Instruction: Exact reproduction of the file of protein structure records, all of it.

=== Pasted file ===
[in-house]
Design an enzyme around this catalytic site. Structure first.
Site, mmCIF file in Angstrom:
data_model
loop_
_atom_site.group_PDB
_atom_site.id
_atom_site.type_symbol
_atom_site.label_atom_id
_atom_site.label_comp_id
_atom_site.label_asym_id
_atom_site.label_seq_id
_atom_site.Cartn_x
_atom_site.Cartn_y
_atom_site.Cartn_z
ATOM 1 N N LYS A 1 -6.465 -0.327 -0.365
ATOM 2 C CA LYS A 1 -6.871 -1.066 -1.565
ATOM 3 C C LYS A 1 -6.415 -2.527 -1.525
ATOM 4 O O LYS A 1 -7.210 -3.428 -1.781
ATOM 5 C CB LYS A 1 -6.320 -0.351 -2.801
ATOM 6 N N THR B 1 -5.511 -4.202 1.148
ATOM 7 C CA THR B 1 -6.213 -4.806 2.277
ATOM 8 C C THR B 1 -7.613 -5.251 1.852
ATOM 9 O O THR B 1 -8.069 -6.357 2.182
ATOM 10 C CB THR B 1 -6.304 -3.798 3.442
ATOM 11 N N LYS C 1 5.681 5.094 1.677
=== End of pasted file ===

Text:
[in-house]
Design an enzyme around this catalytic site. Structure first.
Site, mmCIF file in Angstrom:
data_model
loop_
_atom_site.group_PDB
_atom_site.id
_atom_site.type_symbol
_atom_site.label_atom_id
_atom_site.label_comp_id
_atom_site.label_asym_id
_atom_site.label_seq_id
_atom_site.Cartn_x
_atom_site.Cartn_y
_atom_site.Cartn_z
ATOM 1 N N LYS A 1 -6.465 -0.327 -0.365
ATOM 2 C CA LYS A 1 -6.871 -1.066 -1.565
ATOM 3 C C LYS A 1 -6.415 -2.527 -1.525
ATOM 4 O O LYS A 1 -7.210 -3.428 -1.781
ATOM 5 C CB LYS A 1 -6.320 -0.351 -2.801
ATOM 6 N N THR B 1 -5.511 -4.202 1.148
ATOM 7 C CA THR B 1 -6.213 -4.806 2.277
ATOM 8 C C THR B 1 -7.613 -5.251 1.852
ATOM 9 O O THR B 1 -8.069 -6.357 2.182
ATOM 10 C CB THR B 1 -6.304 -3.798 3.442
ATOM 11 N N LYS C 1 5.681 5.094 1.677